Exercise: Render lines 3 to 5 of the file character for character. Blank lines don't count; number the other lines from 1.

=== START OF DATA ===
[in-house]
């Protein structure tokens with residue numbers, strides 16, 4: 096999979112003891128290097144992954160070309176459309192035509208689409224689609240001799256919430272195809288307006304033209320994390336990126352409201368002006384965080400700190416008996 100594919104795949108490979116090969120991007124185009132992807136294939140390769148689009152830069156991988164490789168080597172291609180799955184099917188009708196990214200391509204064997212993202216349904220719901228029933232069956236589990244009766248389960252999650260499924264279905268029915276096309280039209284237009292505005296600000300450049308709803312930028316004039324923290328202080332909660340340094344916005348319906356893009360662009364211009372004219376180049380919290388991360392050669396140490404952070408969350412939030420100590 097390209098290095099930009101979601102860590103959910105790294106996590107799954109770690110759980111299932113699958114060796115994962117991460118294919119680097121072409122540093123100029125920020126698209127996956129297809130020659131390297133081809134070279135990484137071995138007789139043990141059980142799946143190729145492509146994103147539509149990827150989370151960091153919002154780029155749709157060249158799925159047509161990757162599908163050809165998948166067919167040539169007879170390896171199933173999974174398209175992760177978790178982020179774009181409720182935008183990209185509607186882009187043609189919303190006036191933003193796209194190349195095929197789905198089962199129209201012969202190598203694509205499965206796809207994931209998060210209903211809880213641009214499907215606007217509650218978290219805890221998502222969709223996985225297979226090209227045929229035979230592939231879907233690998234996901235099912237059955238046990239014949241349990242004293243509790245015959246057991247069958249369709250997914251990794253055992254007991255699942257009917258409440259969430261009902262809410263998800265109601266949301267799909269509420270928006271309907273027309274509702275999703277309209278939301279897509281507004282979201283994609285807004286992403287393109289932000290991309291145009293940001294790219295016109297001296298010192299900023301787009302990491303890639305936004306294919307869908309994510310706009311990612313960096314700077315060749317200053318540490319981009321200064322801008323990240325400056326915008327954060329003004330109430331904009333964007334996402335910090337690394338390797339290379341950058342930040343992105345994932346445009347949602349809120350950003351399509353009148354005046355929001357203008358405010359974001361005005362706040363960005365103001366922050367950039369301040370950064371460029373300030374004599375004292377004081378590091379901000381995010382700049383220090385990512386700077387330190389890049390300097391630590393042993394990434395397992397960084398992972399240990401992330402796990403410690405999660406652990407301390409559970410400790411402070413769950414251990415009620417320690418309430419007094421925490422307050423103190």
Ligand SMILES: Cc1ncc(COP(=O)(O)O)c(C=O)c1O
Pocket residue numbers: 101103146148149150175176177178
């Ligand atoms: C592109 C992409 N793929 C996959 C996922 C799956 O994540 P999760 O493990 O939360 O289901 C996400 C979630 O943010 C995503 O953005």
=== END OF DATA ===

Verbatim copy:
Ligand SMILES: Cc1ncc(COP(=O)(O)O)c(C=O)c1O
Pocket residue numbers: 101103146148149150175176177178
């Ligand atoms: C592109 C992409 N793929 C996959 C996922 C799956 O994540 P999760 O493990 O939360 O289901 C996400 C979630 O943010 C995503 O953005």